Farming is a capital intensive venture with specialized equipment needed for various field operations, including several different implements used for tillage. Machinery ownership and labor can be costly. Two methods for managing tillage costs are to 1) reduce tillage passes and 2) outsource tillage operations.
Recently released crop budgets (farmdoc daily, August 4, 2020) project losses for corn and soybeans on Illinois farms, given current assumptions for 2021. Improvement in outlook could come from higher prices, above trend yields without lower prices, additional government aid, cuts in costs, or some combination of those. Farmers evaluating how costs may be cut in the upcoming year have several options, including reducing cash rents (see discussion in farmdoc daily, August 11, 2020). Several options exist for reducing non-land costs, with this article focusing on tillage related costs.
A farmer evaluating costs and returns may consider whether to own specialized equipment for a tillage operation versus outsourcing the task. With tillage practices, not performing the task may also be the option providing maximum returns. These decisions are complex because a decrease in one type of expense may be offset by an increase in other costs, or a change in expected yield. These decisions may also be dependent on requirements of a landlord or business owner for certain practices to be done and concern over the ability to outsource in a timely manner when the task needs completed. Moreover, to fully obtain all cost saving from reduced tillage, the amount of equipment on a farm must be reduced. This reduction generally will come from long-run decisions on replacement of equipment.
Cost Comparison Resources
The University of Illinois farmdoc machinery costs estimates are intended to represent costs associated with buying new machinery and owning the machinery for ten years (links provided in farmdoc daily, August 6, 2019). Most machinery cost estimates are based on a 1,400 acre farm. The machinery cost estimates include four categories of costs associated with operating the machinery: tractor overhead, implement overhead, fuel charges, and labor. Machinery cost estimates for 2019 are available in the management section of farmdoc in five publications.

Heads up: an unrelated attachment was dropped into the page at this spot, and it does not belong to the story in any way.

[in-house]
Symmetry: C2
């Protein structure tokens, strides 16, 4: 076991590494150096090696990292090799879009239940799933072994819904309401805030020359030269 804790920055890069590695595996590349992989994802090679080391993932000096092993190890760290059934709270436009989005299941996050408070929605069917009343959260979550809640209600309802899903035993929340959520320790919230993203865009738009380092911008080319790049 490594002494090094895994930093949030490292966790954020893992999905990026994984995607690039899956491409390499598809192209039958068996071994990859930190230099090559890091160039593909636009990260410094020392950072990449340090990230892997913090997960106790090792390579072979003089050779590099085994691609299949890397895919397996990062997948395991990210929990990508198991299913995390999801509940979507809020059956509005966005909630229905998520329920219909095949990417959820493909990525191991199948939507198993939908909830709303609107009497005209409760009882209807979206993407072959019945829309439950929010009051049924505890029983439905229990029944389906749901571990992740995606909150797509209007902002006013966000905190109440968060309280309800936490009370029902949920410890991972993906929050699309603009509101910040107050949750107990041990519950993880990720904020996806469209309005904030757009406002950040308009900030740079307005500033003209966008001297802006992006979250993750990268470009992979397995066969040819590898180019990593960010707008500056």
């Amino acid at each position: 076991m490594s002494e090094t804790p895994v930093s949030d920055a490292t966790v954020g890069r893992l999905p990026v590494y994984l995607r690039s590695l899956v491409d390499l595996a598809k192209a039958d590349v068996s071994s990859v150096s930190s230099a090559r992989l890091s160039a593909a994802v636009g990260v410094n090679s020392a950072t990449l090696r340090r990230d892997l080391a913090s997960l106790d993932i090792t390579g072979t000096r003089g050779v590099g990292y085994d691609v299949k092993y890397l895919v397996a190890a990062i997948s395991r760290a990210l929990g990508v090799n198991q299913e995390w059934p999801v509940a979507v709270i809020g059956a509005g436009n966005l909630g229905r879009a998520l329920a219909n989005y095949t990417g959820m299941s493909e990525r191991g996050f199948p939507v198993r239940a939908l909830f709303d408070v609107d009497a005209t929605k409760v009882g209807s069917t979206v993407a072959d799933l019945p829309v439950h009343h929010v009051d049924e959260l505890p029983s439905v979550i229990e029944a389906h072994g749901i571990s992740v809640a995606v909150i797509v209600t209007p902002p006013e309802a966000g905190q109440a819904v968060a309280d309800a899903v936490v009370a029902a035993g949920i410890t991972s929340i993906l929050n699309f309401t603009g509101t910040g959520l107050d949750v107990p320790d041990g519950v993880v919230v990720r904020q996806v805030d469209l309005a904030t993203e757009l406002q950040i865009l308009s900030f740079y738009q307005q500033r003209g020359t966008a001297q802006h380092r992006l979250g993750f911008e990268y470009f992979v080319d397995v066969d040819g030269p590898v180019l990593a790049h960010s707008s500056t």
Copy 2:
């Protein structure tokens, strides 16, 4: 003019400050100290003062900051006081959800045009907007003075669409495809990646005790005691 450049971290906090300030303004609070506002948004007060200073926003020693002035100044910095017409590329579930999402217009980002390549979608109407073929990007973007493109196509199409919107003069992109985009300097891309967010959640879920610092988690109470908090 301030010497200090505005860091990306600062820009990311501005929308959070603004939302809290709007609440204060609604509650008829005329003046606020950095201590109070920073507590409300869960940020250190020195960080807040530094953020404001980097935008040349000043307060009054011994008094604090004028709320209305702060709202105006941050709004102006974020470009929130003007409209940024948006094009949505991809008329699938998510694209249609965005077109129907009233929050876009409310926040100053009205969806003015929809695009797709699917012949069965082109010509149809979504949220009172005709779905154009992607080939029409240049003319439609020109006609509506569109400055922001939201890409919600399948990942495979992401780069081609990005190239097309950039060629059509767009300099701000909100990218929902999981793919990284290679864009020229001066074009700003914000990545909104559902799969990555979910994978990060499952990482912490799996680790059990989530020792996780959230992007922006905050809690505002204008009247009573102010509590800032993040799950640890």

Estimated machinery costs can be useful when performing a field operation for another individual. For example, a generational family farm may have different levels of ownership, own separate pieces of machinery, or have acreage shares that don’t align with ownership, and these costs can be used as a resource for settling with other farm members. Or if a farmer is assisting a neighbor or seeking custom work, knowing their own cost of operation provides a baseline level for which to add a profit margin when setting a custom rate.
The estimated machinery costs can also be useful when determining what equipment has the greatest economic return to the farm as compared to what it would cost to outsource the associated task. Iowa State University custom farming surveys are useful for outsourcing decisions.
Annually, Iowa State University surveys those who hire and/or perform custom farm services and compiles a report of results. Unlike the farmdoc machinery cost estimates which represent actual economic cost of performing the field operation, the custom rate survey reports actual rates expected to be charged or paid in 2020. Understanding the difference in the intent of the two reports, and acknowledging some differences in general assumptions (for example, fuel rate of $2.50 versus $2.63 per gallon), explains the potential differences in rates reported from each source. A comparison of the two sets of rates provides a baseline that can be used to evaluate costs of owning equipment and performing field operations versus outsourcing. Although the actual costs will vary from farm to farm, and are dependent on the number of acres and the size or capacity of the equipment used, the averages presented here can be used as a guide.
Considerations for Tillage Operations